ch—Cerebellar Hypoplasia

Derecho

What is Cerebellar Hypoplasia/CH?

This is a disorder found in cats and dogs which causes jerky movements, tremors and generally walking and balance problems. It is a non-progressive and non-contagious condition. Symptoms appear at birth although they may not be noticed until the kitten starts walking. If CH-like symptoms show up suddenly or later in life, this would not be CH.

How does a cat get CH?

A kitten is born with CH when the cerebellum is underdeveloped at birth. The cerebellum controls fine motor skills and coordination. CH is most commonly caused by the kitten’s mother contracting the Panleukopenia virus (feline distemper) while pregnant. Kittens with CH are not infected with or carriers of this virus, it has only stunted the cerebellum’s growth while developing.

How many kittens are affected in a litter?

It varies—it could be one kitten or all of them.

How long will a CH cat live?

They can live as long as any other cat!

What is the treatment for CH?

There really is no treatment. It’s more a way of managing the condition. The cat should be indoors only. A family can also “CH kitty proof” a house. Ramps can be used to help them get up on furniture. Sometimes a raised food dish helps. You also may want to pad sharp corners of furniture. Be careful of stairs—many CH cats have trouble negotiating going up and down safely.

What are the levels of CH?


Most cats have good life quality and make up in personality what they lack in motor skills. While some cats have a slightly noticeable stumbly gait, others may have significant trouble getting around. Still, there are others who are unable to walk at all. It’s important to remember that the cat isn’t sick, weak or hurt—he simply is uncoordinated. CH cats don’t seem to know that they’re any different from other cats!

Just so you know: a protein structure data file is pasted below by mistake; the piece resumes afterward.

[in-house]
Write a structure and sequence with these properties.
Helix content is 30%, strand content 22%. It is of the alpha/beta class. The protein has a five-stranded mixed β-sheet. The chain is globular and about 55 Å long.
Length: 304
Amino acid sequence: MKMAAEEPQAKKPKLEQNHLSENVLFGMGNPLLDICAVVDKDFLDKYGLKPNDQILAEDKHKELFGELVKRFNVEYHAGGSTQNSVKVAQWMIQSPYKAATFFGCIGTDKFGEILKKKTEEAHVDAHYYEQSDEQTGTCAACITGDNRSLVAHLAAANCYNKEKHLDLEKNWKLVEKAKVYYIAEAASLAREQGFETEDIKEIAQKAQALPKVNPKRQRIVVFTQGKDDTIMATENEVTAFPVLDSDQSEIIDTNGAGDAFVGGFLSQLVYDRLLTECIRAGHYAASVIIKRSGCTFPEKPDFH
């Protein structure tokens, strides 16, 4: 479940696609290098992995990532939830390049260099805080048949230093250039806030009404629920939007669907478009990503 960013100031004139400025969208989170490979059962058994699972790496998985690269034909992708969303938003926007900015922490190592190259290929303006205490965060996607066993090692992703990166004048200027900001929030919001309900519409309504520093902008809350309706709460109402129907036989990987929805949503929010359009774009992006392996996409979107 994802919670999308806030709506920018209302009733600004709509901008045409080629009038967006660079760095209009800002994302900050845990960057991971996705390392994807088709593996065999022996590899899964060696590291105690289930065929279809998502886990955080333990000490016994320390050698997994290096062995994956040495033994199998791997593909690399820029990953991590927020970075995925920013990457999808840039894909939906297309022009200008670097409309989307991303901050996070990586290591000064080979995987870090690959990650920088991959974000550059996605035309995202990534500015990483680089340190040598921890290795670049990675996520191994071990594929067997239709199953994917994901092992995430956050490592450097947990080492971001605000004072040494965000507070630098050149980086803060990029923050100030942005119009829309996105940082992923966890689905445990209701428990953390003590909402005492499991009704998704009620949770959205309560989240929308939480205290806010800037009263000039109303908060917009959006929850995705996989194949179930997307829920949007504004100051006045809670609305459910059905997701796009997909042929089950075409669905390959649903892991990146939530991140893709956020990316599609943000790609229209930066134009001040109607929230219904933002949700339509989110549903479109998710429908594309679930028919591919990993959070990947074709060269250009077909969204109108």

There is a system of “measurement” though for CH cats.

Mild—These cats are very capable and require little to no extra care. They may have an unusual gait (called high steppers), an occasional balance loss and/or slight head tremors.

Moderate—Cats with moderate CH can get around on their own, but one end of their body may appear to be doing something entirely different from the other half. They frequently lose their blanace, have noticeable head tremors, and walk with their legs splayed widely apart.

Severe—These CH cats cannot walk on their own and require a great deal of special care. They cannot walk or stand and sometimes flipflop to get around.

Is CH preventable?

This condition is easily prevented by vaccinating female cats for feline distemper before they get pregnant. Simply, vaccinate!

Are there other health issues one should be aware of for CH cats?

CH cats are very prone to chipping their teeth. Besides the issues with being uncoordinated, there are no conditions to worry about. They are susceptible to the same medical problems that any other cat may have. It’s the injuries that can happen from the uncoordination that can be the highest cause of problems.

CURRENT FFRC CH Cats

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